The Cold, Cruel World of Selling Online: How to Keep the Boy Bands at Bay
As sales at smaller, niche-oriented online retailers continue to grow, above-board online retailers must carefully navigate the treacherous waters of intellectual property infringement. By asserting broad and vague intellectual property claims, aggressive boy bands, TV and movie stars, and the media giants that promote them can crush an entirely reputable business that may be using their likenesses. A small amount of up-front preparation can help a viable business avoid being bled to death by baseless litigation.
Statutory damages relating to copyright infringement can be as high as $150,000 per violation, but are much less if a court finds that the infringement wasn't willful. The Online Copyright Infringement Liability Limitation Act (OCILLA), part of the Digital Millennium Copyright Act, provides a safe harbor under which companies meeting certain criteria can avoid liability for copyright infringement relating to materials posted on their websites.
To qualify, companies must have explicit OCILLA statements on their websites, file registration statements with the U.S. Copyright Office and not have actual knowledge that the materials on their sites are infringing. If a company meets these requirements, the third party alleging infringement must follow very specific notice procedures before the company has to respond and, significantly, must identify where, specifically, on the company’s website the allegedly infringing materials reside. This limitation can shift a huge portion of the administrative burden to the party alleging infringement and greatly limit the ability of an aggressive plaintiff to cripple a company by inundating it with costly and time-consuming demands.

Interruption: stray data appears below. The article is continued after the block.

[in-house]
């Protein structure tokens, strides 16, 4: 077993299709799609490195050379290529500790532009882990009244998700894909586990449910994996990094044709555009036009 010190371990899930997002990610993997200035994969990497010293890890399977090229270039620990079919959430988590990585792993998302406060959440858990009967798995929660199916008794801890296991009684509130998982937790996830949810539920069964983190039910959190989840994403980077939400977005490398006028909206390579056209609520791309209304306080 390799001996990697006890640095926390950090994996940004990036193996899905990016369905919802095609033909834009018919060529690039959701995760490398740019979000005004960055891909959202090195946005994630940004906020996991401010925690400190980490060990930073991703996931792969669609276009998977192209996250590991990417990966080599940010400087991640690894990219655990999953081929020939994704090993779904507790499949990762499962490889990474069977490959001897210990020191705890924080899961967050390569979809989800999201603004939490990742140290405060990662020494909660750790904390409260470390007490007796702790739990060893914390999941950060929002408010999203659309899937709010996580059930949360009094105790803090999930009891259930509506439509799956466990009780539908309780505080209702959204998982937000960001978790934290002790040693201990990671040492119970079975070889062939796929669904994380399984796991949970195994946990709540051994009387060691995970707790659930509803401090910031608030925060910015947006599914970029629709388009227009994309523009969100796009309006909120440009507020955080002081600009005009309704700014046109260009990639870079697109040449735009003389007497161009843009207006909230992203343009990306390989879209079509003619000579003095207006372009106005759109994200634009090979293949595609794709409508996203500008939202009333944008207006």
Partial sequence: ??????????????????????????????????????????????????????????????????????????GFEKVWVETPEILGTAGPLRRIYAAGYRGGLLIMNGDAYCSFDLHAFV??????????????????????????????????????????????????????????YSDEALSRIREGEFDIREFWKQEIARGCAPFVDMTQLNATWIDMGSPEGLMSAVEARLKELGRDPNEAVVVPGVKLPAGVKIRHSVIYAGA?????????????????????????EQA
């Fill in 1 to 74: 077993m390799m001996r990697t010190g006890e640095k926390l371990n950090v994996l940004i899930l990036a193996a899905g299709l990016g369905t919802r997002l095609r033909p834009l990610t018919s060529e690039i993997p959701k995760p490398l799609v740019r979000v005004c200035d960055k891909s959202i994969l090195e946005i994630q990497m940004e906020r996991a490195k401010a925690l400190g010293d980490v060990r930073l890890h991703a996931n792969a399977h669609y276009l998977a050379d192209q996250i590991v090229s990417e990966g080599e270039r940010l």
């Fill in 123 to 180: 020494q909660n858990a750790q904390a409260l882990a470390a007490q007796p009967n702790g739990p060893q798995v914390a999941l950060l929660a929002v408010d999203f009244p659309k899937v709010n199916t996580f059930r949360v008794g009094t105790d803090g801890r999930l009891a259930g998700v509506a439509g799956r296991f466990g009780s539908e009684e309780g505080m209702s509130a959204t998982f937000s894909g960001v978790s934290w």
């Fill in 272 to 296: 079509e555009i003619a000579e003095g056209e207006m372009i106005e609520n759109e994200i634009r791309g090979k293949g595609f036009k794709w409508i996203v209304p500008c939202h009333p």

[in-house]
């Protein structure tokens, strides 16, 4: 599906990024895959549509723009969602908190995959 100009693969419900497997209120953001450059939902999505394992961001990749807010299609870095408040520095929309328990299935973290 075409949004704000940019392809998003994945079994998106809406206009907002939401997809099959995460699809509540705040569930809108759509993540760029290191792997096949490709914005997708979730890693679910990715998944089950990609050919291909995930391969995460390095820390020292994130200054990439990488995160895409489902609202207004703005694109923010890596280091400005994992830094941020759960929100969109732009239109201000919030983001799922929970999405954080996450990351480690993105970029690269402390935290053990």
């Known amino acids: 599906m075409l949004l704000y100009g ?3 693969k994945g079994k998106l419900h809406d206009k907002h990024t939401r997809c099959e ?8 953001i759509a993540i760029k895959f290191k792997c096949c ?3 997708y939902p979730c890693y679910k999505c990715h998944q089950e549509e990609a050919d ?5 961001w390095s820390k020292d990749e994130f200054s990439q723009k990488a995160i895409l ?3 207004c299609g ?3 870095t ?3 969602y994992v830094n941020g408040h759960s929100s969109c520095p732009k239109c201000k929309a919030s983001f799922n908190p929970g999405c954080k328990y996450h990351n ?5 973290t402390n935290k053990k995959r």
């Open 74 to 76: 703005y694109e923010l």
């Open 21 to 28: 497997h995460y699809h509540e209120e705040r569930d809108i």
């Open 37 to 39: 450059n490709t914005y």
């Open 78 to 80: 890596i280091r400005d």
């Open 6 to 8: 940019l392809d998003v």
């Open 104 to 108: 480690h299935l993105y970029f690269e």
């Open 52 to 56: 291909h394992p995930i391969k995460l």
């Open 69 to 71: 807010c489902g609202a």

Similarly, damages for alleged trademark infringement and use of name or likeness can be limited if an online retailer can demonstrate that its role is more passive than that of a traditional company. For trademark purposes, the “innocent infringer” defense can eliminate the possibility of monetary penalties and limit remedies to an injunction on future distribution of the materials. For personality purposes, a company can reduce risk of infringement by structuring operations to conform to the “single-publication rule.” In both cases, determinations are highly fact specific. Understanding the dispositive factors can go a long way in protecting a company from future allegations of infringement.
Conducting a vibrant online business while, at the same time, shielding oneself from claims of intellectual property infringement is possible. Consult legal counsel, create a specialized monitoring and compliance plan, and stick with it closely. The online world can be your marketplace and you can keep the boy bands and starlets at bay.